The layup stall has a dutch door on the back. I put a horse in the attached paddock and the two can visit and groom each other (supervised, usually) while I clean.

              A hay net with tiny openings is good, too. You can find them in the Dover catalog.

              I feel for you --- my horse fractured his pelvis and is on a 6-8 month layup now. We are only 2 weeks into it. The day stall/night stall thing really helps him.


              • #8
                It's the right time of year for "Beet Pulpsickles!" For my horses that are stuck inside for various reasons, I take a water bucket, spray it with PAM, fill it half way full with beet pulp or alfalfa cubes. Fill it to the top with water stir it up until well mixed, leave it outside over night to freeze solid, dump it out into a rubber feed tub, and put it in his stall - it will take him all day to eat it - YUM! He won't be able to leave it alone - YUM!
                "If you don't know where you are going, any road will take you there"


                • #9
                  Since you're desperate... my guy LOVED empty milk jugs to play with when he was on stall rest - and they're cheap; just tie them up with baling twine and you're good to go. If you want to make it really funny, put a few of his favorite treats inside...

                  I second, or third the Uncle Jimmy's, too. Didn't have them when the horse was on stall rest, but got one last winter and it was HILARIOUS to watch - hang it somewhere where he can't pin it against the wall. Lasts forever, too...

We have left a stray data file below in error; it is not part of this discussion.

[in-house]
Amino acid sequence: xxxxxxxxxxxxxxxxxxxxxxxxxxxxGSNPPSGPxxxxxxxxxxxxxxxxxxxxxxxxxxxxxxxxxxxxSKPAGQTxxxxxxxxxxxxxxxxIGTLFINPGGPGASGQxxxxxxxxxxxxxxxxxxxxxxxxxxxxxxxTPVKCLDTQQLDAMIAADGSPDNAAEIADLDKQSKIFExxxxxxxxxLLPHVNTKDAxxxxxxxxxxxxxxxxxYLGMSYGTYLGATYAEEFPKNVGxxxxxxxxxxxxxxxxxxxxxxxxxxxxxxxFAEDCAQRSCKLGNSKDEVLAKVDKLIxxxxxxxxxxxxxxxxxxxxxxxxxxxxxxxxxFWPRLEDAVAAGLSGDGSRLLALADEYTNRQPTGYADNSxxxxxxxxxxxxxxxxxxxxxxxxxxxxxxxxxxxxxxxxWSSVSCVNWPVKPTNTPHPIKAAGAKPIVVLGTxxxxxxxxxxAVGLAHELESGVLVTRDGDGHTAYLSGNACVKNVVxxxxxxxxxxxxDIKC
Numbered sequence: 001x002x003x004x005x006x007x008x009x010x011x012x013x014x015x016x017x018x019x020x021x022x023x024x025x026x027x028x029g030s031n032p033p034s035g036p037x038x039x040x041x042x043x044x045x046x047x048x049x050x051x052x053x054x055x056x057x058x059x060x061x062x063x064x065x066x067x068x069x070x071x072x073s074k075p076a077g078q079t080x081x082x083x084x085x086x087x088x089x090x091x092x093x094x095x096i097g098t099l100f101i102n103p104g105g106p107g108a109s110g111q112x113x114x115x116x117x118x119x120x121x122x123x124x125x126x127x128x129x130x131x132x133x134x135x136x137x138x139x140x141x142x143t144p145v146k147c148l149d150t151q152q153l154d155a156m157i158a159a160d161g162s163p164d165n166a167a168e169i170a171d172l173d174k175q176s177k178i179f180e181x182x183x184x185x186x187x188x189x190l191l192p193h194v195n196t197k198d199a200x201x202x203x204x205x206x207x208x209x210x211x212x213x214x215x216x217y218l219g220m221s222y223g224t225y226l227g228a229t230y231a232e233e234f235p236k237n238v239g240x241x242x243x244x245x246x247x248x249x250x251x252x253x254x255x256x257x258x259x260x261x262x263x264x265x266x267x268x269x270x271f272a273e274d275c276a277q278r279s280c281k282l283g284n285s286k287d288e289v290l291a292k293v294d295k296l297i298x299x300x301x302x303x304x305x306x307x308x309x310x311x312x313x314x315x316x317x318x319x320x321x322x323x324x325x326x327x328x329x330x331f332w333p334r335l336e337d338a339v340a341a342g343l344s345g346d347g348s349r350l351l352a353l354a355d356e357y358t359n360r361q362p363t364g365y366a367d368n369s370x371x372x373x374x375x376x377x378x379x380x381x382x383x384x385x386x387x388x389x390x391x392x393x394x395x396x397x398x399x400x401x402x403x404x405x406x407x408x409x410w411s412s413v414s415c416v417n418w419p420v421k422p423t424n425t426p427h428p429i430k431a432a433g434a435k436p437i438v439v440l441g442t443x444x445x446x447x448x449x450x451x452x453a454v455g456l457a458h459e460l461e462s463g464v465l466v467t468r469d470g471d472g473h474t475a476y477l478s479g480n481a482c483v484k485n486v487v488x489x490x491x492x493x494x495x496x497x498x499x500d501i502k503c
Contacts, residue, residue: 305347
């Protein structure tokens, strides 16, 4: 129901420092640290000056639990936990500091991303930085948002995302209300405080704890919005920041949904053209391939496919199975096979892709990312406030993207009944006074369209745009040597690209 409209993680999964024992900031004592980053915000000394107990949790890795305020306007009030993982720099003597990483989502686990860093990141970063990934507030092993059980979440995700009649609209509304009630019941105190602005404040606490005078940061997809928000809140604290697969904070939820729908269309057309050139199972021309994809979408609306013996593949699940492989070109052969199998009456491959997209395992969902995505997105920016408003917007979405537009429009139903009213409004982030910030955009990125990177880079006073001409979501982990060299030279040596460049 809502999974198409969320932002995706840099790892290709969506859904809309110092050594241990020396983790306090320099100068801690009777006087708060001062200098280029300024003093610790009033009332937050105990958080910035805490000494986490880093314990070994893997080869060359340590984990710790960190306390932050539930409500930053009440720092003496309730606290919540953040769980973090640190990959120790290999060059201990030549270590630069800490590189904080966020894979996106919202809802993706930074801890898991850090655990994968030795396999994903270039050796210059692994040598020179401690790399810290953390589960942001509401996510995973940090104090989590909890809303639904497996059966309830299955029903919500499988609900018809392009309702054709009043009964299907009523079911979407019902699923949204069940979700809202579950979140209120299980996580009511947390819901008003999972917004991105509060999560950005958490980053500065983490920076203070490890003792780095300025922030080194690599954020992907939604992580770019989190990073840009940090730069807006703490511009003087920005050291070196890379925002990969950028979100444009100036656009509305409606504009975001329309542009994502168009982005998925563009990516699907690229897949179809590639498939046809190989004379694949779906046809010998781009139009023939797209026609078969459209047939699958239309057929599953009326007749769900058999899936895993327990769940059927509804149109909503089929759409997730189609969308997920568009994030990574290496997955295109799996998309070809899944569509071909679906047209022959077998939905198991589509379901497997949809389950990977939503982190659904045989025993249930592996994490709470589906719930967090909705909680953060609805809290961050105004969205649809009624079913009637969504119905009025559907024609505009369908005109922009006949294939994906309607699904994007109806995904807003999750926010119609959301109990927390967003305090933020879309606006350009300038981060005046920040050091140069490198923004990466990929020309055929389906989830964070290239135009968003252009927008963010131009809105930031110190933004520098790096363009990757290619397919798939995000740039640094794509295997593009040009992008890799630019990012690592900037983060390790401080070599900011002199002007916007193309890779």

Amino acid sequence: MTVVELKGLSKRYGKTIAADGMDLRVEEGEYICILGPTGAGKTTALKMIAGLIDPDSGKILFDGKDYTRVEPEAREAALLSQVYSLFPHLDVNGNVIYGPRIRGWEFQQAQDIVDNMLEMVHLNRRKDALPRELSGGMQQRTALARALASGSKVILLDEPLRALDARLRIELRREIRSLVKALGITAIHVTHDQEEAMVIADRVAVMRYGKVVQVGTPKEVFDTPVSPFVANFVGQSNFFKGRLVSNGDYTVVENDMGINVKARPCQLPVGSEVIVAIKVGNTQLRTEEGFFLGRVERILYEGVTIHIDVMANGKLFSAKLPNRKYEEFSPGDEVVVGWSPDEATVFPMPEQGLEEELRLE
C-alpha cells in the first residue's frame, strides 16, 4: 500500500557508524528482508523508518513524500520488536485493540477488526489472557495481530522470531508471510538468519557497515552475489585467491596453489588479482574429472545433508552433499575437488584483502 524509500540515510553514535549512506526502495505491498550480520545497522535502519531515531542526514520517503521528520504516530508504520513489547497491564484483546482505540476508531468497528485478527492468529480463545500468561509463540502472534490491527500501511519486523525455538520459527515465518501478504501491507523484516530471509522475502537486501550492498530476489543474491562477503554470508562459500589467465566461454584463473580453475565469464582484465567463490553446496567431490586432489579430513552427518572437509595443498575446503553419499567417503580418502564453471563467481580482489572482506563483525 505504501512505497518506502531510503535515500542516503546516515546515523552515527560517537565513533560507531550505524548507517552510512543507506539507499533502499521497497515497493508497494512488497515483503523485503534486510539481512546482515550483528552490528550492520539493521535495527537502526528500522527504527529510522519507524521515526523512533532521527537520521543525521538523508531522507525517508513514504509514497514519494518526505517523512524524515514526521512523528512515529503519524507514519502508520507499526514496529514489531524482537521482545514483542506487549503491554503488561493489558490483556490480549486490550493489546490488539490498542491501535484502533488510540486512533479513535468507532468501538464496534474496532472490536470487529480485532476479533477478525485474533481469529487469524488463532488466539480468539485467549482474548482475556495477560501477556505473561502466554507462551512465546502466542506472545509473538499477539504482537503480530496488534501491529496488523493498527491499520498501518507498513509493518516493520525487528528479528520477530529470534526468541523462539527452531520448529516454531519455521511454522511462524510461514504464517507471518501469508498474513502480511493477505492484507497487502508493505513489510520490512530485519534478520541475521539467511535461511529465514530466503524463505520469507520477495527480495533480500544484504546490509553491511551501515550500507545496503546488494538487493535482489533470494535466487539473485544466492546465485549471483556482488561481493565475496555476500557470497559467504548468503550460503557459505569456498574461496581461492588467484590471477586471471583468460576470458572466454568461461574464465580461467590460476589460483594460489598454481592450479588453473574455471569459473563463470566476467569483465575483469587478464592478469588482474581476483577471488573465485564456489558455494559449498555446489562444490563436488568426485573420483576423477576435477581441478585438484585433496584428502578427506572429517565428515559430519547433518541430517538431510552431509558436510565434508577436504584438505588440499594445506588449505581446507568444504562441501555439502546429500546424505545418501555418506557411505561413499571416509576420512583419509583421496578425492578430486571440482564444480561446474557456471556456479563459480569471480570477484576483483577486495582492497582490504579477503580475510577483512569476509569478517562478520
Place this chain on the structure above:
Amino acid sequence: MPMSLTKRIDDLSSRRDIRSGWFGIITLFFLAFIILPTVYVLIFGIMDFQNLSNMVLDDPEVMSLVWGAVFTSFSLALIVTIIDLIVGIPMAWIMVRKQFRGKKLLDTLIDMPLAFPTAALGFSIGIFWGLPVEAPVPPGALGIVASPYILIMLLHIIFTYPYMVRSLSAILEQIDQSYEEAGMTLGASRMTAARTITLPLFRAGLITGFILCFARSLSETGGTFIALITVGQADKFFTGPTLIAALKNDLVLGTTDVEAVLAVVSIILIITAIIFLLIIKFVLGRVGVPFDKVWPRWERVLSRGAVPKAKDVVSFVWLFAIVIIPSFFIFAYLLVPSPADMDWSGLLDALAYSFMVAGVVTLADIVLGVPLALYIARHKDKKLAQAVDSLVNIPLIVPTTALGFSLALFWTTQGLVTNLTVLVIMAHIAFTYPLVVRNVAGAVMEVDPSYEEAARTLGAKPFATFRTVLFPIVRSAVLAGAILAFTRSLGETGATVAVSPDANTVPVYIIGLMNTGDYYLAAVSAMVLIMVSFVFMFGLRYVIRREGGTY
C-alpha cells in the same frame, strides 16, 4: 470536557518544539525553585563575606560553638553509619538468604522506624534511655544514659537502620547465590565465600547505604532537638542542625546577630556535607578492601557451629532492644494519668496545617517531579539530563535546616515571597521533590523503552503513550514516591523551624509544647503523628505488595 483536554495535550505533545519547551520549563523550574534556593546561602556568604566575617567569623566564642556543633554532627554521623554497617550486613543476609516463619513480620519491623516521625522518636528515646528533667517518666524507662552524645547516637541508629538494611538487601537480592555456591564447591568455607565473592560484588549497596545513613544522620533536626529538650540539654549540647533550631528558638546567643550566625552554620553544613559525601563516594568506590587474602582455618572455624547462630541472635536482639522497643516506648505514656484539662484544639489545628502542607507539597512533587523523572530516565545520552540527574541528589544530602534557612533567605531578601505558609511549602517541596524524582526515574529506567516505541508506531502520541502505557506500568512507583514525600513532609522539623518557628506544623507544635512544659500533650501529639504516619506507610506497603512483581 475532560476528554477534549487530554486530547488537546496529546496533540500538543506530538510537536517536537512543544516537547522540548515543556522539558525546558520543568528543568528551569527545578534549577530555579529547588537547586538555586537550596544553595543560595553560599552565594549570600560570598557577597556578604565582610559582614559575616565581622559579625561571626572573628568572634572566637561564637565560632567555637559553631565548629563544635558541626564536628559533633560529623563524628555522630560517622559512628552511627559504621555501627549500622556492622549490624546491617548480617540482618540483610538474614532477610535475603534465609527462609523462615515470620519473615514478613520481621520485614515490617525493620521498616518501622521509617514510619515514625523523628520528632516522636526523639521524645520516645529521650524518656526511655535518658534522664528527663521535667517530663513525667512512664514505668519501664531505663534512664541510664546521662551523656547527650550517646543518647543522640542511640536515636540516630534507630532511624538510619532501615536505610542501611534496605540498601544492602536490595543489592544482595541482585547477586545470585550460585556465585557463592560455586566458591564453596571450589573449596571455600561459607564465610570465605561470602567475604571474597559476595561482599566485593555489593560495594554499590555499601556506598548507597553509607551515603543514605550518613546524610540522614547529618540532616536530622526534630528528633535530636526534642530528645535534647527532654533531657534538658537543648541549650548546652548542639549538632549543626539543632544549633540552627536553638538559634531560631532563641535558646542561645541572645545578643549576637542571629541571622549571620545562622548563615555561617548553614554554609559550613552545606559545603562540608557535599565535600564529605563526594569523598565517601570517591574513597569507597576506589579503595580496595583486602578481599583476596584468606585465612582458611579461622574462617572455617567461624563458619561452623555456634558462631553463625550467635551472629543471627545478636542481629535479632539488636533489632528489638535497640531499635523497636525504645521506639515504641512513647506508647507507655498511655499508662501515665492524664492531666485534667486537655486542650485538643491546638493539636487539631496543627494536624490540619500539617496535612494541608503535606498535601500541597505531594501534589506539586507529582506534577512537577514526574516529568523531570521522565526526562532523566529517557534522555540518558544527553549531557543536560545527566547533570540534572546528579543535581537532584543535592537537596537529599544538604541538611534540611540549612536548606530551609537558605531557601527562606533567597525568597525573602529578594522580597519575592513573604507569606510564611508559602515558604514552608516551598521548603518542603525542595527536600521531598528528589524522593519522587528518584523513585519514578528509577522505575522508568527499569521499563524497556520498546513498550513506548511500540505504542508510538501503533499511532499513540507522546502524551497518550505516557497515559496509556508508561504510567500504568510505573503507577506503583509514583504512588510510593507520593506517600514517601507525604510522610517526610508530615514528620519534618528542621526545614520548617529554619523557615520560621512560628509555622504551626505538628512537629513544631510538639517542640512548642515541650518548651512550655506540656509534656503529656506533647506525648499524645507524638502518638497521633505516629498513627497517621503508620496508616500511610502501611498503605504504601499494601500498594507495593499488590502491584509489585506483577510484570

"This thing we call 'failure' is not the falling down, but the staying down" - Mary Pickford


                  • #10
                    I feel for you. My gelding has basically been on stall rest since may. He spends most of his time outside in a 12x14 and he is bored to death. He gets walking but only 20 minutes, vet said to add 5 more minutes every two weeks. My gelding stands by the door and claws & bangs the wall with his foot, I am afaird he is going to injure his foot. If I turn him out even in 20x20 he runs like a nut. I hand walk him with a big dose of ace. It helps alittle. I wish I could fast foward to recheck in January when I hopefully progress to mounted walk which is easier.

                    Best luck, Stall rest is hard!


                    • #11
                      I had a horse on stall rest for 7 months.
                      Poor thing was horribly bored.
                      He is a good horse and was able to stay in his stall with just a stall guard up, so I hung a pony pop in the door where he couldn't pin it against the wall and really go at it.
                      I also bought a small holed hay bag and put his day hay in that. It would take him all day to eat that hay.
                      I tried to mix it up a bit, hang the pony pop some days and not others, use the hay bag only during the day.

                      Bottom line is stall rest is hard.
                      "Half the failures in life result from pulling in one's horse when it is leaping."



                      • #12
                        A potentially cheaper alternative to the treat balls is a large swede with a hole bored through it and a rope made out of baling twine. Same principle, you hang it in the stall and let the horse enjoy trying to eat it.
                        Manes And Tales